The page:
• The island of Copinsay, Orkney

Take a coastal trek this winter

The west coast of the Orkney mainland always attracts sightseers, but what about the east side? As we've been finding out, it's well worth a visit...

There’s a price to be paid for the over-indulgences of the festive season: those calories have a habit of hanging around long after the last of the mince pies are demolished.

Luckily, here in Orkney we have the perfect way to shake ourselves out of that mid-winter stupor.

Looking towards Copinsay from the east coast of Orkney's mainland

A bracing coastal walk is guaranteed to blow away some cobwebs (and a calorie or two.) It can even restore our faith that spring may not be all that far around the corner.

The west coast of the Orkney mainland is rightly famed for its elegant headlands and dramatic seascapes, but the eastern coast can be equally rewarding, with a subtly different quality of light, land and seascape. From Mull Head in Deerness all the way down to Roseness in Holm you’ll find a varied coast, ranging from sandy bays to rugged cliffs, stacks and geos. But it’s early in the year, let’s ease ourselves in gently.

A rainbow’s end, but our journey’s beginning. Looking back towards Dingieshowe, Orkney

Park your vehicle at (or take the bus to) the car-park at Dingieshowe, the sandy isthmus that only just secures the parish of Deerness to the Mainland. The beach at Dingieshowe is one of our real gems – a particularly bracing spot in the wake of a south-easterly gale.

Once you’ve soaked in a bit of its atmosphere make your way east and along the slightly more bouldery beach of the neighbouring Taracliff Bay. For slightly easier going you may wish to keep to the top of the beach, where a vehicle track leads along the edge of the dunes. This narrows to a fairly well-defined, grassy footpath for a short distance, before dropping to the shore to avoid a section of eroded coast.

The path above the shoreline beyond Dingieshowe

There’s ample compensation for the slight detour though, with the stripped soil exposing a huge shell midden – a reminder of Orkney’s human habitation stretching back through millennia.

A series of wooded platforms steps and ramps (slippery when wet) lead you quickly up to the clifftop. There is a bench halfway up - you may have only just started your walk, but it would seem rude not to sit a moment and take in the view back across the bay. See if you can spot the broch mound - from which Dingieshowe takes its name - at the far end of the beach.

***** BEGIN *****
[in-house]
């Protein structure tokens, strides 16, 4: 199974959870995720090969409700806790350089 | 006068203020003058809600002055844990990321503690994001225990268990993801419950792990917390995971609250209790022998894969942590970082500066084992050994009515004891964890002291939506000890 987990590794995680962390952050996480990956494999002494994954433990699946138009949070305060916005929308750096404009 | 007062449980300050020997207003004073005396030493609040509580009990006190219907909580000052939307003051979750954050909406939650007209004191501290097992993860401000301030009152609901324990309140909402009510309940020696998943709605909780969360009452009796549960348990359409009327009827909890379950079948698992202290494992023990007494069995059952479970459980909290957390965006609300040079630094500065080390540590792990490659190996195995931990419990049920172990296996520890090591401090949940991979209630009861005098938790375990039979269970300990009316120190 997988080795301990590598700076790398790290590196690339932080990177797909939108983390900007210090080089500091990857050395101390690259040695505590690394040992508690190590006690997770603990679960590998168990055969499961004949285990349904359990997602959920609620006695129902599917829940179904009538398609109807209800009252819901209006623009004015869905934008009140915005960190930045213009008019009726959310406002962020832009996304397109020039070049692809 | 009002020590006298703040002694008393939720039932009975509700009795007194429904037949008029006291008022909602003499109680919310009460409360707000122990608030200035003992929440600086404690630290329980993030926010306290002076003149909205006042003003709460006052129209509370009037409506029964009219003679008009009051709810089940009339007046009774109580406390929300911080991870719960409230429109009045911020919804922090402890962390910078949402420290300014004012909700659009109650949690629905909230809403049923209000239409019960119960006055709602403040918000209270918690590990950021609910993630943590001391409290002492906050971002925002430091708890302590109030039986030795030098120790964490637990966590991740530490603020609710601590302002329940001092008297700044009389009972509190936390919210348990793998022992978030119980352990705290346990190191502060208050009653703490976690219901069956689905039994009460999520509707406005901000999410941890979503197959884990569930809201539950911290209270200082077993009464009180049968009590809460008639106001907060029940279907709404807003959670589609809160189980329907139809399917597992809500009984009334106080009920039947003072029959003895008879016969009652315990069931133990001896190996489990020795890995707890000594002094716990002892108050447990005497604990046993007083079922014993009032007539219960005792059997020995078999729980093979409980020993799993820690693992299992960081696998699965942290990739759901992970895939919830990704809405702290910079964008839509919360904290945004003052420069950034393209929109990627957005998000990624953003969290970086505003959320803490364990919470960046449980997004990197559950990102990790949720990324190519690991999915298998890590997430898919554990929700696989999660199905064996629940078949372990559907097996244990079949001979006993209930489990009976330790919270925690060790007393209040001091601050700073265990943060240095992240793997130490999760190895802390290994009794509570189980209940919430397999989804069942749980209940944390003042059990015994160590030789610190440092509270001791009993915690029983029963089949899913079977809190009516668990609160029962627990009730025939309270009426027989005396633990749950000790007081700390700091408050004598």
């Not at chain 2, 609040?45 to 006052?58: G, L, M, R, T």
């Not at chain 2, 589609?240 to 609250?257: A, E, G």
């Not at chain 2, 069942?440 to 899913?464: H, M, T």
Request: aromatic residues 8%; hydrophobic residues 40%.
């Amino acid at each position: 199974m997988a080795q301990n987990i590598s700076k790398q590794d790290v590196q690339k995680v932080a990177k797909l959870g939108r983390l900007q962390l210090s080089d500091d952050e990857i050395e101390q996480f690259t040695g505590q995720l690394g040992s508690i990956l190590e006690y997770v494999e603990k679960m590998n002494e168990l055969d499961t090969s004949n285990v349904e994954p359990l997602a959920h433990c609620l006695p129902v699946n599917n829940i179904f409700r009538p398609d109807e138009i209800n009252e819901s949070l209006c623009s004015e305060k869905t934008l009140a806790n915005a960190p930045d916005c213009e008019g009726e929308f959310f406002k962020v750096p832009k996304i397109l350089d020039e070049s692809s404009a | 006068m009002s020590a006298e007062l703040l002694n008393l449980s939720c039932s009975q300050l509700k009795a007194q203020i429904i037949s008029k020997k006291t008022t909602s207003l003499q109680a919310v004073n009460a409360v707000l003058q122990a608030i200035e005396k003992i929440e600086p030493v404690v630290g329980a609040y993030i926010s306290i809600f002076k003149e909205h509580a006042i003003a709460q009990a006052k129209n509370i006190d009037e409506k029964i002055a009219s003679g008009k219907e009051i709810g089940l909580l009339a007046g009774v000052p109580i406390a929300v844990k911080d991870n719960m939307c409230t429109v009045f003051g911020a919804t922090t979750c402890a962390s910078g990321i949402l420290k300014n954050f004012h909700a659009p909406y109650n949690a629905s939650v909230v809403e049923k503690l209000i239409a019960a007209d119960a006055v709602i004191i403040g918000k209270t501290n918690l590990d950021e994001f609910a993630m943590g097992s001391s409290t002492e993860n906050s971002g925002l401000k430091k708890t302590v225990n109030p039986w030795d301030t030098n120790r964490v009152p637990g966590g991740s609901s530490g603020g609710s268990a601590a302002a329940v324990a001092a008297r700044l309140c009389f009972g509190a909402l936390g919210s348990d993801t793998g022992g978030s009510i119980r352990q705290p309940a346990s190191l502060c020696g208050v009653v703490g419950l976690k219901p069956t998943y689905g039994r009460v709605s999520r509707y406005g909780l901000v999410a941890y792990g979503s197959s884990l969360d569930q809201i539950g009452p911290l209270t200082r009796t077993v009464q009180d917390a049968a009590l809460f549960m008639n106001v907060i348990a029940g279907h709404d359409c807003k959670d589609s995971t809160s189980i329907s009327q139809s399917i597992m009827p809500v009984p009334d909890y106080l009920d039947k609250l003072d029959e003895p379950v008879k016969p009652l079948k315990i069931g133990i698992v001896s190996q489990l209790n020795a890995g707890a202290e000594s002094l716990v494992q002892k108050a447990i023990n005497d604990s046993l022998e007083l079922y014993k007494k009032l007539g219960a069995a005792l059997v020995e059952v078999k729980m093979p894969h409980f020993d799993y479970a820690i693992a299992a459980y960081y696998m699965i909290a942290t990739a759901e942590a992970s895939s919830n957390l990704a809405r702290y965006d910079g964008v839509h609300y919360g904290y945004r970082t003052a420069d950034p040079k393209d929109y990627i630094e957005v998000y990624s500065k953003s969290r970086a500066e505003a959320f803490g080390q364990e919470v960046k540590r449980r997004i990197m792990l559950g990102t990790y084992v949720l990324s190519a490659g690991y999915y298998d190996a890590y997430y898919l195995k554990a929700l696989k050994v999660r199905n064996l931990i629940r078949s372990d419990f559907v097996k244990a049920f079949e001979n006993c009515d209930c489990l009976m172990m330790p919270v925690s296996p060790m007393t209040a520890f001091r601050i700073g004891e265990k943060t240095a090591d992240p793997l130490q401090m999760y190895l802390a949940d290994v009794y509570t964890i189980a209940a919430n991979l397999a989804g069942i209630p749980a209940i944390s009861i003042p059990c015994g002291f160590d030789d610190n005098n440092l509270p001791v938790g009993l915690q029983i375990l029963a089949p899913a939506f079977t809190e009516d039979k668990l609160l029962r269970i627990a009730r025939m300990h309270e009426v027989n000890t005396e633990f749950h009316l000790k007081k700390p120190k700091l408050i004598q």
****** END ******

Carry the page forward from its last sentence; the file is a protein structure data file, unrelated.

Wooden steps and shell middens en-route on the Deerness coast

Particular care should be taken along the following section. The narrow path runs tight between the fence and the rather brittle cliff edge. There are wooden barriers to keep you on-track at the narrowest sections, but you certainly wouldn’t want to lean against them!

After a short way there’s a distinct change in the ground beneath your feet; coastal heath replaces tussocky grass for a spell. The focal point for much of the walk now becomes the uninhabited island of Copinsay. The mile or so of water between that shallow hump of green and the Orkney mainland must at times have seemed like a vast ocean to the few inhabitants who once scraped a living from land and sea.

The island of Copinsay begins to appear on the horizon

At the apex of the walk you come across Muckle Castle – a plug of volcanic rock which has been left to stand as the softer sandstones round about have been eroded by the waves. Keep your eyes peeled for a fine little sea arch around 20 metres before you reach the castle - though once again keeping well back from the cliff tops which are liable to frequent subsidence.

Muckle Castle

The beach around the castle looks inviting, but there is no easy – or safe – way down, so best admire the view from on high. The path deteriorates for a short section to come, and great care is needed at points. Things soon even out though, and after a short while you’ll pass the Peedie Castle – the rather more modest cousin of the larger outcrop. Then, before you know it, your route is complete. The Deerness slipway is a fine point to enjoy that well deserved hot flask – and perhaps even a slice of leftover Christmas cake – before taking a leisurely meander along the sands of Newark Bay.

From here you can either walk back to Dingieshowe along the public road or retrace your steps back along the coast (you’ll have entirely different vistas all the way.) Two vehicles would also be an option of course, but a good suggestions is to drop off a bike at the slipway in advance.

First foot, and back in the saddle – an appropriate start to the New Year.

Find out more about Orkney's east mainland.

Plan your visit to Orkney with our 'Getting Here' page.

The Digital Orkney project has been part financed by the Scottish Government and the European Community Orkney LEADER 2014-2020 Programme.

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